03/11/2015 05:44 EDT | Updated 05/11/2015 05:59 EDT

Trainers get in pre-fight trash talk as Pascal preps for title shot with Kovalev

MONTREAL - It's rare that a trainer is the target of pre-fight trash talk instead of his fighter. But that's what has happened this week to Marc Ramsay, the coach of Canadian boxer Jean Pascal.

Ramsay found himself under verbal attack from John David Jackson, the trainer of Russian knockout artist and unified light heavyweight champion Sergey (Krusher) Kovalev.

Kovalev (26-0-1) will defend three championship belts against Pascal (29-2-1) on Saturday night at the Bell Centre. Jackson, himself a former middleweight champ, is not impressed with what he's seen of Pascal or of another Ramsay-trained light heavyweight, Artur Beterbiev.

"Am I disrespecting him? No, I don't know him," Jackson said Wednesday at a news conference at which members of Pascal's entourage mounted a spirited defence of Ramsay. "I know he's trained Pascal and he didn't look that good in certain fights.

"He trains Beterbiev. No defensive skills at all. You tell me you're a great trainer but I don't think that's been proved with your fighters. I'm not being nasty, I'm just being honest. If you don't like it, why don't you and I get in the ring and we'll settle it all together?"

It didn't come to that. And Ramsay dismissed the assault on his competence as part of the pre-fight mind games.

"It's a tactic," said Ramsay. "I saw that before in boxing.

"Sometimes, when you want to destabilize someone, you attack someone close to that person. If you attack me, I don't care. But if you attack Jean, I'll be more aggressive."

Like most trash talk, none of it is likely to mean anything once they get in the ring.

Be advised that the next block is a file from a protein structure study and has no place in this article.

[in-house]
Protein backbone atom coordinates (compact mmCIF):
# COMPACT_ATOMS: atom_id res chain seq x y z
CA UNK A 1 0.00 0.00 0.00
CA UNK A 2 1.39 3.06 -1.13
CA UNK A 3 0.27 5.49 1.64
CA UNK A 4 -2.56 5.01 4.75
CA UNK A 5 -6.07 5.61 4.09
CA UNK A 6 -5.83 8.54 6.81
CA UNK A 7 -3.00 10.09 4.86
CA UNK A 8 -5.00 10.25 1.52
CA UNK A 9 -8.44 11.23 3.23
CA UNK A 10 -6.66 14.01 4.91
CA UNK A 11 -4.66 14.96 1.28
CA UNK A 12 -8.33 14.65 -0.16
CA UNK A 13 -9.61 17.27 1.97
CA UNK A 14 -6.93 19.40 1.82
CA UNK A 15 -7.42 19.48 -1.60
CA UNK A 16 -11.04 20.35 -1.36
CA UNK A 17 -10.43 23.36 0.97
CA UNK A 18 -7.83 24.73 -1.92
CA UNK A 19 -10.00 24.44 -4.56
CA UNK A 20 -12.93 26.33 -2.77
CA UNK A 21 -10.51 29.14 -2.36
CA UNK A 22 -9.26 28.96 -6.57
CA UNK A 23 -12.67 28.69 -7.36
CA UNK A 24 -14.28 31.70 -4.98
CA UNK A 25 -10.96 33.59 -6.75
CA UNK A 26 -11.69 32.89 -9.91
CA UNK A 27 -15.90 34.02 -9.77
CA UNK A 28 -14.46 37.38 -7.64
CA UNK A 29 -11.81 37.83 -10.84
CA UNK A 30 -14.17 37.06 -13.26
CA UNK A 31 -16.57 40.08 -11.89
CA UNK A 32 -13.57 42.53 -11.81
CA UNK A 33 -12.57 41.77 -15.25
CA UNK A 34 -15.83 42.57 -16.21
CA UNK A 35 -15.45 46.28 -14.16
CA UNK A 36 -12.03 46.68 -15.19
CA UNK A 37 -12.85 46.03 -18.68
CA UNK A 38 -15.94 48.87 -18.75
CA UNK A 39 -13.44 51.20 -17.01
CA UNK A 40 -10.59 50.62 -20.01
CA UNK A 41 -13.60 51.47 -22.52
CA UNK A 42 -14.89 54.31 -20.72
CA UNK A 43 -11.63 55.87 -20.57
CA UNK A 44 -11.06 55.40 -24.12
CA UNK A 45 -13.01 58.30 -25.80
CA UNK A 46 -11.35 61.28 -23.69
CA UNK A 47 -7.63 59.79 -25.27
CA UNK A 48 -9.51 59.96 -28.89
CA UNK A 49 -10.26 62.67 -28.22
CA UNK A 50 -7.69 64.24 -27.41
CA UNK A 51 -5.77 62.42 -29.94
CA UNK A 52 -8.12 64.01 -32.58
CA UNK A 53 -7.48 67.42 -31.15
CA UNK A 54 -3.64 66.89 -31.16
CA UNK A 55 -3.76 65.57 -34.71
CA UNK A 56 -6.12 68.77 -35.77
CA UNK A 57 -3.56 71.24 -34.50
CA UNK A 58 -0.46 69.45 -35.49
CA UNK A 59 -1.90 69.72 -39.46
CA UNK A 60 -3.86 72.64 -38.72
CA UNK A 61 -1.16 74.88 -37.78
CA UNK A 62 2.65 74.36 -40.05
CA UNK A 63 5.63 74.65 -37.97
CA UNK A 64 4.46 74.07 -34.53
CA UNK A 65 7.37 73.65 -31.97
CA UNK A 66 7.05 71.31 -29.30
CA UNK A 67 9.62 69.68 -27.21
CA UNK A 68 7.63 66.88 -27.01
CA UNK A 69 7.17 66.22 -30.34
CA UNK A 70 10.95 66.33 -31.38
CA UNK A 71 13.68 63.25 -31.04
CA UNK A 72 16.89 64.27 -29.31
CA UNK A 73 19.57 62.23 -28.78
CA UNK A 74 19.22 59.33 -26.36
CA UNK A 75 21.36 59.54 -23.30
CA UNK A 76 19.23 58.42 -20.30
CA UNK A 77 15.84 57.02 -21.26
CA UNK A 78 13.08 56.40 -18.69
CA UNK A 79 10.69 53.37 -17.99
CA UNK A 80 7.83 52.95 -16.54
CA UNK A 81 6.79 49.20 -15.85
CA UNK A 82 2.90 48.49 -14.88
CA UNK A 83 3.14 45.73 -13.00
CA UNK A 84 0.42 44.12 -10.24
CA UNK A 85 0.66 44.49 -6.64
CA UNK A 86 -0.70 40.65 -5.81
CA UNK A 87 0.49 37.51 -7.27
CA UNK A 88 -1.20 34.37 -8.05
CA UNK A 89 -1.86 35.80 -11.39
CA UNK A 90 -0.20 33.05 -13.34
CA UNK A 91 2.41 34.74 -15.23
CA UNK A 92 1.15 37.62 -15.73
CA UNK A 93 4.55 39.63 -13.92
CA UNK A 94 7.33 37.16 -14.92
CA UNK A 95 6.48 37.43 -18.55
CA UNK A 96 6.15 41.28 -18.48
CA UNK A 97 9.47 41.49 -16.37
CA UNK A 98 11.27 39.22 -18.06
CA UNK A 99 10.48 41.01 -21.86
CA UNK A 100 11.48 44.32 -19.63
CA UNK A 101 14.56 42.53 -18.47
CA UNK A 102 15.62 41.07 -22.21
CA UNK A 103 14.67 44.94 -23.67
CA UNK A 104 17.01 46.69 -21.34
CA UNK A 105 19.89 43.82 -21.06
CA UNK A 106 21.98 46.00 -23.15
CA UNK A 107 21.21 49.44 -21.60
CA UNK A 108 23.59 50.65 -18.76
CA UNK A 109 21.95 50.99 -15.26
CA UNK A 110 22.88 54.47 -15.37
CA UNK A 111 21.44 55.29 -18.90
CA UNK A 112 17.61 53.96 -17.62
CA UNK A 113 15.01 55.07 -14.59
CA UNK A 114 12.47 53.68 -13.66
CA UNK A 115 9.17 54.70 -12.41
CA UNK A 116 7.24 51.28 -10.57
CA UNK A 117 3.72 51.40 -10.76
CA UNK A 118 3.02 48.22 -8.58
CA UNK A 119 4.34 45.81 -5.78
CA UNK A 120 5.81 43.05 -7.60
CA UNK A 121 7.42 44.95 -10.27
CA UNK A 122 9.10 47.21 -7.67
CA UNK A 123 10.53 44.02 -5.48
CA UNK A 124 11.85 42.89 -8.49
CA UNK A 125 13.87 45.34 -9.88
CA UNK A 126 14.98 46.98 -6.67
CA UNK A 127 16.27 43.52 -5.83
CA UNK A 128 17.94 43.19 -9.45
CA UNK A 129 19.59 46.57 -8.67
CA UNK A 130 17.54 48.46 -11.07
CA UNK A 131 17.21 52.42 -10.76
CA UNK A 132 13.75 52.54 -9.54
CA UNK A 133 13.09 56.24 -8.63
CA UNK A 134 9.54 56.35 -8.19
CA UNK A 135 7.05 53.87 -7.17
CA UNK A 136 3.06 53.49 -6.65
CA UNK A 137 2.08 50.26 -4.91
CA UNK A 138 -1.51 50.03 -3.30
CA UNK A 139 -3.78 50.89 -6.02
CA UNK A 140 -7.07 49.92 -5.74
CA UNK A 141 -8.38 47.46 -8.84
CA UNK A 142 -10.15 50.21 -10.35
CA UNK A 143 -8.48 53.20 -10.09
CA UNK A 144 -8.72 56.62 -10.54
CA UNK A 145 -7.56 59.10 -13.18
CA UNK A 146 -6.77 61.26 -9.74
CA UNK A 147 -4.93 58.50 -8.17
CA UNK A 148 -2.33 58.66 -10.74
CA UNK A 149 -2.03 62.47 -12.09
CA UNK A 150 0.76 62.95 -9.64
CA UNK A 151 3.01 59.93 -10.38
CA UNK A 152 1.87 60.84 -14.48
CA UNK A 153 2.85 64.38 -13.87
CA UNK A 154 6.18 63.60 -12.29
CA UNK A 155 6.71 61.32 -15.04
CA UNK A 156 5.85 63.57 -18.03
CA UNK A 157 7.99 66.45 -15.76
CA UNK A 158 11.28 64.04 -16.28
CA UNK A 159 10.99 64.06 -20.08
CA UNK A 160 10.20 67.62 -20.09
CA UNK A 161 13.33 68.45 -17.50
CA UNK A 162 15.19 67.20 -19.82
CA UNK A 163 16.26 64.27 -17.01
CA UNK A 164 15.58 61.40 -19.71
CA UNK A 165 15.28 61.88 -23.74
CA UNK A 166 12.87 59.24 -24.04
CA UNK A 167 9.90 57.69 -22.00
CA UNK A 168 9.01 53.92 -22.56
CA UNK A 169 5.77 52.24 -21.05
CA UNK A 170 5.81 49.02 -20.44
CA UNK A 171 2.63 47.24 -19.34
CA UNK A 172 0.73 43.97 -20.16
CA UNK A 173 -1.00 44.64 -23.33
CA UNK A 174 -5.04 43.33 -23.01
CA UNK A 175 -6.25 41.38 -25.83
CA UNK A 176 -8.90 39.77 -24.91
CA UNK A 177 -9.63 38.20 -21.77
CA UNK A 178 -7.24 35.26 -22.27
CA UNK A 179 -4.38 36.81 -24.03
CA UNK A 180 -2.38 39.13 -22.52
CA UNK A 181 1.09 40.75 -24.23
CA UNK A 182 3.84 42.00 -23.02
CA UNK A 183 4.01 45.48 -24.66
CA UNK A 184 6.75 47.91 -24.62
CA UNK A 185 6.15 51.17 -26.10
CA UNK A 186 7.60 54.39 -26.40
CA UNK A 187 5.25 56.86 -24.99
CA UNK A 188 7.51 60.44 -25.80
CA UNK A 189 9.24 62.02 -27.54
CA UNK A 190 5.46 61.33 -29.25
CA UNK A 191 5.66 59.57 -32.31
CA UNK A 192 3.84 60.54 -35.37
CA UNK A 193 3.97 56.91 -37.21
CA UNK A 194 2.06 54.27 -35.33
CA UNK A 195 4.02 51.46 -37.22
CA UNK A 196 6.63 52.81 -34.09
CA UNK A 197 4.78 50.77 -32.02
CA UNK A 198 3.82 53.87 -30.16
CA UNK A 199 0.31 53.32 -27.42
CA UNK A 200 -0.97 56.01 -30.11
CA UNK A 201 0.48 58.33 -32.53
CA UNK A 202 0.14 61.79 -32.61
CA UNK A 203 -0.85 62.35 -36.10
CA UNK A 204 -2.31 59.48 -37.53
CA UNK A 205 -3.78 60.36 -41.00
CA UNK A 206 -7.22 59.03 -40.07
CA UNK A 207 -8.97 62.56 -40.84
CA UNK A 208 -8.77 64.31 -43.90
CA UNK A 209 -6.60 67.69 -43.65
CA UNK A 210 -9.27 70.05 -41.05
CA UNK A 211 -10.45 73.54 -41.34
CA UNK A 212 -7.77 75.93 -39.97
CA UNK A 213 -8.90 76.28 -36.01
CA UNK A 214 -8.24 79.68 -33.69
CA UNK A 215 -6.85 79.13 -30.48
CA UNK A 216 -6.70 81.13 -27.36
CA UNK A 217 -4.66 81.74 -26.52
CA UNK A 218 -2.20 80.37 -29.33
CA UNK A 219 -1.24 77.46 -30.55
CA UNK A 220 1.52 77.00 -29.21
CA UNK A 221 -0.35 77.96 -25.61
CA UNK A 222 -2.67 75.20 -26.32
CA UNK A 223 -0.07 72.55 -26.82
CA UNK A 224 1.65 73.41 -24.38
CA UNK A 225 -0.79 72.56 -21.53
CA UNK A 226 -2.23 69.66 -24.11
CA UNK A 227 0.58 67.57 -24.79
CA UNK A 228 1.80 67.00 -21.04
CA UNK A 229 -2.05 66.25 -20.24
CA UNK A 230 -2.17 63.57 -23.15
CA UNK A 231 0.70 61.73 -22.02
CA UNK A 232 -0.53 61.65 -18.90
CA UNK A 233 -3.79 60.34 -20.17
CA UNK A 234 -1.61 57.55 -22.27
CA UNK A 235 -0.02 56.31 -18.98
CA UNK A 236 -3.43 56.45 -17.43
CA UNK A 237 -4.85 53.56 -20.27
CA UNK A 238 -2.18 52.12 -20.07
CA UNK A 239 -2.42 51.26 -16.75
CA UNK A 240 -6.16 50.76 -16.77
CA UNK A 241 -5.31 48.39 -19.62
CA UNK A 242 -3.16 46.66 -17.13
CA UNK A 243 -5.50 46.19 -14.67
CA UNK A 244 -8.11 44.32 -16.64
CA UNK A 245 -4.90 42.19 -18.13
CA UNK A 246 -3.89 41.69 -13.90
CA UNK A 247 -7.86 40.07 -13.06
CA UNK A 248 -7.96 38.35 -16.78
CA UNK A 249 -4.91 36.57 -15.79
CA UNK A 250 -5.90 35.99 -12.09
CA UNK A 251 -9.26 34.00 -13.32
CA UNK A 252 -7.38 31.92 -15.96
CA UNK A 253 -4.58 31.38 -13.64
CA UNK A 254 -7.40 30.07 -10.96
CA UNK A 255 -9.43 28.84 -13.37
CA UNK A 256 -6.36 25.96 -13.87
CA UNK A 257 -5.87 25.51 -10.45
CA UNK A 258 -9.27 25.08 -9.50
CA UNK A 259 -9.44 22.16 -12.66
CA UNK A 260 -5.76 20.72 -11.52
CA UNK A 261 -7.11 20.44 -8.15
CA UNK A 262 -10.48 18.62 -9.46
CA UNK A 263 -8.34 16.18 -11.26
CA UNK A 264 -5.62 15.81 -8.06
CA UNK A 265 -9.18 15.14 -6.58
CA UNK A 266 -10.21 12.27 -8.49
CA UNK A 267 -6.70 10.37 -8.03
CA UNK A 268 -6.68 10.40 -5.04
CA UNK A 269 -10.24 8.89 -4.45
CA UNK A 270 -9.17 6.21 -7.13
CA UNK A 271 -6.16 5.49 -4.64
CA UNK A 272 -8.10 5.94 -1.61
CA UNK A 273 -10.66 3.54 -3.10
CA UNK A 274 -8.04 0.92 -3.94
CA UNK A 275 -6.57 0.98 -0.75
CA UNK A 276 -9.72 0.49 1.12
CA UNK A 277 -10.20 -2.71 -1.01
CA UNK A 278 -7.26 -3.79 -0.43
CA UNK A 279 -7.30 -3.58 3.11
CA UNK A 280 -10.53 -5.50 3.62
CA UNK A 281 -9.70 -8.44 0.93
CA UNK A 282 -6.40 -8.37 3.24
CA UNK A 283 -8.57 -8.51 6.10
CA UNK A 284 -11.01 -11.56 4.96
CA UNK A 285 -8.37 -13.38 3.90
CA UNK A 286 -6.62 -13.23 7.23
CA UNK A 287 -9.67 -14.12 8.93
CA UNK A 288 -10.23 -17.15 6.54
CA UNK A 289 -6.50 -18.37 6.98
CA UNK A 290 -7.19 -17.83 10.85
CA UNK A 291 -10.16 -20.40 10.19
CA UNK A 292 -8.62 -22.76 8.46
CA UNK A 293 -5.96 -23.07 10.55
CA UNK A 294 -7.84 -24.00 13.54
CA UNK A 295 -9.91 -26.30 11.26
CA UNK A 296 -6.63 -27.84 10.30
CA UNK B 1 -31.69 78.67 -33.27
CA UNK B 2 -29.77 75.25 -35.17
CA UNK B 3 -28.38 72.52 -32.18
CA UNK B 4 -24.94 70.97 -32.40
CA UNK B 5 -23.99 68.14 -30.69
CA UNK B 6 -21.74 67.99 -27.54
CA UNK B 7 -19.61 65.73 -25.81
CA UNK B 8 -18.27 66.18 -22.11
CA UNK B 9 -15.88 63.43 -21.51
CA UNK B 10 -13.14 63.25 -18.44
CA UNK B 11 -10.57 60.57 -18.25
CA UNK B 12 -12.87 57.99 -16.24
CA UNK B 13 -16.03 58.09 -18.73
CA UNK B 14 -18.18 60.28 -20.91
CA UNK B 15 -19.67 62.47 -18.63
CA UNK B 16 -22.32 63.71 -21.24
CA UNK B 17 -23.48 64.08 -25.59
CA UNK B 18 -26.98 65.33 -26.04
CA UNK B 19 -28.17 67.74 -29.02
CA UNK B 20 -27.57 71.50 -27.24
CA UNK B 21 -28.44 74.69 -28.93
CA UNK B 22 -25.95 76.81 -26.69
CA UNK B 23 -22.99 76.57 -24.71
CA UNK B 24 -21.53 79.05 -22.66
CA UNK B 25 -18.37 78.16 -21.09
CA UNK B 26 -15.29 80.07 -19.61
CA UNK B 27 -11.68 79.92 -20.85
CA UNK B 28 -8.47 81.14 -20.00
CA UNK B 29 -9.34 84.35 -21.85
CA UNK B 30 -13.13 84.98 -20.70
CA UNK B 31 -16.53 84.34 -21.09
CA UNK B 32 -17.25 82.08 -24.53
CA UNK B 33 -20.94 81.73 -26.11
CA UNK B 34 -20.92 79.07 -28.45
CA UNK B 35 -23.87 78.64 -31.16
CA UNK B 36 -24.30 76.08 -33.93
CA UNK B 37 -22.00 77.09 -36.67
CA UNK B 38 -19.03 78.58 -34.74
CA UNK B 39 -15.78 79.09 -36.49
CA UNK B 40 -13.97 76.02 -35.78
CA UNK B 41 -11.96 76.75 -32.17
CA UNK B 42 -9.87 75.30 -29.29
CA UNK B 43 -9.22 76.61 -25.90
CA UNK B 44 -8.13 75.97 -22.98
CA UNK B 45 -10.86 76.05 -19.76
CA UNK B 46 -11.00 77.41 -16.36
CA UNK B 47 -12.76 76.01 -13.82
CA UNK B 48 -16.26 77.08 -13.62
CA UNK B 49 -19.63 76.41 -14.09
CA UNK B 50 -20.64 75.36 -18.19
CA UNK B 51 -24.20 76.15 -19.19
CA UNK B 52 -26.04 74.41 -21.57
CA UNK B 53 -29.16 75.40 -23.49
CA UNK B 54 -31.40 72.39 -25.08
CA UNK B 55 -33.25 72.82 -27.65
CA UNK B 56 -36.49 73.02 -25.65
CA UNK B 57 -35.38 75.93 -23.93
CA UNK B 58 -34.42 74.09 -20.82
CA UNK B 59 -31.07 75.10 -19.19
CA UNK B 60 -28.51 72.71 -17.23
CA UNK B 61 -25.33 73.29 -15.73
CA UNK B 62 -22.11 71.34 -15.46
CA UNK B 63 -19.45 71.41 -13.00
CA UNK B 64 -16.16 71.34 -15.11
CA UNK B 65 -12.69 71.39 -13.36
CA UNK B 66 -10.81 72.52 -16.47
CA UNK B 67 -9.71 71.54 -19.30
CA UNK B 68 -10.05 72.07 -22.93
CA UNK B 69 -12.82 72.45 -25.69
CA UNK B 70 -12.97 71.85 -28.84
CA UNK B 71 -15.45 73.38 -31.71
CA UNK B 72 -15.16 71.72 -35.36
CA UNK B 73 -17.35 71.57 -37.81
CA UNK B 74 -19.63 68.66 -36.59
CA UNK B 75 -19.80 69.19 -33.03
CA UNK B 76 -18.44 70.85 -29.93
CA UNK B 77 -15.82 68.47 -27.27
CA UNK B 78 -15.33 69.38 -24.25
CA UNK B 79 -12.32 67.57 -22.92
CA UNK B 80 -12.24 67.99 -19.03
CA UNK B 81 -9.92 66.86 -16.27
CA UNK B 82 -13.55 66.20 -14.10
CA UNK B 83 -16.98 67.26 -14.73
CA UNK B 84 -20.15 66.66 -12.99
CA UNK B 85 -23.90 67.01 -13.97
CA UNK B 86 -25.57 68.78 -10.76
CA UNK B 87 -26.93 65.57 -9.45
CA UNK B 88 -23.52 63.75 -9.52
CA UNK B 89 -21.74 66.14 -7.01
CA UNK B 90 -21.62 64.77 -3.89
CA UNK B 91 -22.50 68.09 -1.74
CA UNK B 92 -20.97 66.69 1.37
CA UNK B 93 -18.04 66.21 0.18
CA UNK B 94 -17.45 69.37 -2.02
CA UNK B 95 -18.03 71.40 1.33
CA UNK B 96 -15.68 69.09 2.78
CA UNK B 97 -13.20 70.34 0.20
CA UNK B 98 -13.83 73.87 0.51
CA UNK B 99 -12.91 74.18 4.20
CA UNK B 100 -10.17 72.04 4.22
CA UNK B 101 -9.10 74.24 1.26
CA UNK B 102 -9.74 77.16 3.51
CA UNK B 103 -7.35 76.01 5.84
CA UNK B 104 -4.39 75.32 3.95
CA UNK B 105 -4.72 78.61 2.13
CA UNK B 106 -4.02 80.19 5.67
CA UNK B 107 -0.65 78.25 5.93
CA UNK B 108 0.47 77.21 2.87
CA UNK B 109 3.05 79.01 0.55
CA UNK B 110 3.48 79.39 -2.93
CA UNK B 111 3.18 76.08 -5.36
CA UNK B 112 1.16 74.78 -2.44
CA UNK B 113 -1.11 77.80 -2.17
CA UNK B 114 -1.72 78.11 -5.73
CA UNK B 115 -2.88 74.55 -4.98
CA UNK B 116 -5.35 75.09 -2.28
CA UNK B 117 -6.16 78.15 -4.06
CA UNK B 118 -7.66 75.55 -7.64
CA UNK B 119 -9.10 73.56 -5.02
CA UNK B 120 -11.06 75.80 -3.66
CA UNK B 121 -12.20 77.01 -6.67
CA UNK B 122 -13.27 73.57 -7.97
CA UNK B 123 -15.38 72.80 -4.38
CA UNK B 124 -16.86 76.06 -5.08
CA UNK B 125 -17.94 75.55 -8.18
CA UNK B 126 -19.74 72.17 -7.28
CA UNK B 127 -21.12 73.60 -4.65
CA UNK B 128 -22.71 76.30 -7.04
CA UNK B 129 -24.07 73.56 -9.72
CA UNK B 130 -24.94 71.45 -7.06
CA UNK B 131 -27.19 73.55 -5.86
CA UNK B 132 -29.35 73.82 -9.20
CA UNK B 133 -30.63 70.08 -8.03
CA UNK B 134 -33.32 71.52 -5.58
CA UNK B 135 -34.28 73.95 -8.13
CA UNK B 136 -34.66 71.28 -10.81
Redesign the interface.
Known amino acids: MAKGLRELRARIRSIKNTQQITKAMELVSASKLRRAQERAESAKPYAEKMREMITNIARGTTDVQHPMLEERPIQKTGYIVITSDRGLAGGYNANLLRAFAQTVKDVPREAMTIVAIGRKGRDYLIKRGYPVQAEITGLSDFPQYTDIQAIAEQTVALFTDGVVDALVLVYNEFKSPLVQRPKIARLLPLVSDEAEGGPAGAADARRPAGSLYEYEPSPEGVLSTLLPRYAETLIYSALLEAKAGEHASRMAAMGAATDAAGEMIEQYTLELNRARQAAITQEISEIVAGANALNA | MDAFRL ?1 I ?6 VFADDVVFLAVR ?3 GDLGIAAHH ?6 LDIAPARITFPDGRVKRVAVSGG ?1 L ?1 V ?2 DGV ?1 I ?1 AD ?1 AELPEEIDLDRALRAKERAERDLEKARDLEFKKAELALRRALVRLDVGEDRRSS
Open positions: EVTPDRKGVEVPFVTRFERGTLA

Ramsay has coached Pascal since the Laval, Que. fighter was 14. He did well enough for Pascal, now 32, to win the World Boxing Council title in 2009 and defend it four times before losing to veteran Bernard Hopkins by 12-round decision in 2011.

Since then, Pascal has won four times, but has fought only two competitive rounds in the past 14 months.

Kovalev, 31, won the World Boxing Organization title in 2013 and then added the WBC and IBF belts when he manhandled the then-49-year-old Hopkins for 12 rounds in November.

Kovalev is a fearsome puncher, with 23 of his wins by knockout. Pascal leans on speed and instinct but Kovalev will be the clear favourite, even if he's fighting in Pascal's hometown.

If Kovalev doesn't land a knockout blow early, it promises to be a spectacular fight.

Jackson said Pascal tires himself out after four or five rounds. It certainly seemed that way against Hopkins, when he dominated the early rounds, scoring knockdowns, but then faded.

But Ramsay sees Pascal as the better fighter.

"Kovalev is a very solid boxer but to me he's one-dimensional," said Ramsay. "Jean is a more sophisticated boxer.

"He has more tools, and we'll use everything we need to beat Kovalev."

Ramsay has a co-trainer in former ring star Roy Jones Jr., who feels Pascal can also match Kovalev's punching power.

"When Kovalev dropped Hopkins, Hopkins fell while kind of leaning back," said Jones. "When Pascal dropped him, all three times he smashed the bones out of Hopkins. Who does that tell you is a puncher?"

Pascal compared Kovalev to Russian hockey players, who he said were "good in the regular season but not in the playoffs," while he will treat the bout as if it was Game 7 of a Stanley Cup final.

"I'm not saying I will knock him out, but I will give everything I have to win," he said.

The card will be aired on the HBO specialty channel.